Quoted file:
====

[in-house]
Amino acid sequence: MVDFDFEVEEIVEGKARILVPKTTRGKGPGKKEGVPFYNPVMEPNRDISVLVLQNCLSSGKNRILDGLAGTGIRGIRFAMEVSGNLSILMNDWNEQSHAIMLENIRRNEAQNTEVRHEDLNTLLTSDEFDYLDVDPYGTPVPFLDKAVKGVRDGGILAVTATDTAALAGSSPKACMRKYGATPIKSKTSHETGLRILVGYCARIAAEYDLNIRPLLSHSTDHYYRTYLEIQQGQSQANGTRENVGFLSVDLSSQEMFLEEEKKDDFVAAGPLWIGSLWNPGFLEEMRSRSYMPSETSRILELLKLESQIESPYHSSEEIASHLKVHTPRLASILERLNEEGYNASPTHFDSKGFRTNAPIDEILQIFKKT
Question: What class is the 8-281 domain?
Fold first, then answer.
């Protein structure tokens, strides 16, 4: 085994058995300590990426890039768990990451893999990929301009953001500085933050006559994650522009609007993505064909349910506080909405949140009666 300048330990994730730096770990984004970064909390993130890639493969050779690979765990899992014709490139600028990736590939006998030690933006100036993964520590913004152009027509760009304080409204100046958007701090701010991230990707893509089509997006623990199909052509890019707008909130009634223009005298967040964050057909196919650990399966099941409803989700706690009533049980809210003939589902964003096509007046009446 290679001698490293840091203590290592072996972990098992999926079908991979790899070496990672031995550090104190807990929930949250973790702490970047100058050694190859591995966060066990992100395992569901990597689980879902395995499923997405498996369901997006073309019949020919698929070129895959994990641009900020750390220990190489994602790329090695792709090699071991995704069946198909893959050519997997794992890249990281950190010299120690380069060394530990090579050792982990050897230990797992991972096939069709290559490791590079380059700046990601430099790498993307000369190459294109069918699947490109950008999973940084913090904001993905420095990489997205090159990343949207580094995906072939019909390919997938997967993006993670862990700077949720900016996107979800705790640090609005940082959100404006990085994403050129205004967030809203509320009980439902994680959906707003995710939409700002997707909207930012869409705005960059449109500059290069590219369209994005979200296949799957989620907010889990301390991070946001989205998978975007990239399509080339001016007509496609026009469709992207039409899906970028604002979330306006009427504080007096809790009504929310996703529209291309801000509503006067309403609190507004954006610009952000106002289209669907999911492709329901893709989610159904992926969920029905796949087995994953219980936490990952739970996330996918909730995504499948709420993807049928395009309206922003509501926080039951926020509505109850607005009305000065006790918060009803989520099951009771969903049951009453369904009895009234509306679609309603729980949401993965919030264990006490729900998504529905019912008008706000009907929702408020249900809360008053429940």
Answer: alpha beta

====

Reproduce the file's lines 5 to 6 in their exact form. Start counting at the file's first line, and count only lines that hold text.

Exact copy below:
């Protein structure tokens, strides 16, 4: 085994058995300590990426890039768990990451893999990929301009953001500085933050006559994650522009609007993505064909349910506080909405949140009666 300048330990994730730096770990984004970064909390993130890639493969050779690979765990899992014709490139600028990736590939006998030690933006100036993964520590913004152009027509760009304080409204100046958007701090701010991230990707893509089509997006623990199909052509890019707008909130009634223009005298967040964050057909196919650990399966099941409803989700706690009533049980809210003939589902964003096509007046009446 290679001698490293840091203590290592072996972990098992999926079908991979790899070496990672031995550090104190807990929930949250973790702490970047100058050694190859591995966060066990992100395992569901990597689980879902395995499923997405498996369901997006073309019949020919698929070129895959994990641009900020750390220990190489994602790329090695792709090699071991995704069946198909893959050519997997794992890249990281950190010299120690380069060394530990090579050792982990050897230990797992991972096939069709290559490791590079380059700046990601430099790498993307000369190459294109069918699947490109950008999973940084913090904001993905420095990489997205090159990343949207580094995906072939019909390919997938997967993006993670862990700077949720900016996107979800705790640090609005940082959100404006990085994403050129205004967030809203509320009980439902994680959906707003995710939409700002997707909207930012869409705005960059449109500059290069590219369209994005979200296949799957989620907010889990301390991070946001989205998978975007990239399509080339001016007509496609026009469709992207039409899906970028604002979330306006009427504080007096809790009504929310996703529209291309801000509503006067309403609190507004954006610009952000106002289209669907999911492709329901893709989610159904992926969920029905796949087995994953219980936490990952739970996330996918909730995504499948709420993807049928395009309206922003509501926080039951926020509505109850607005009305000065006790918060009803989520099951009771969903049951009453369904009895009234509306679609309603729980949401993965919030264990006490729900998504529905019912008008706000009907929702408020249900809360008053429940």
Answer: alpha beta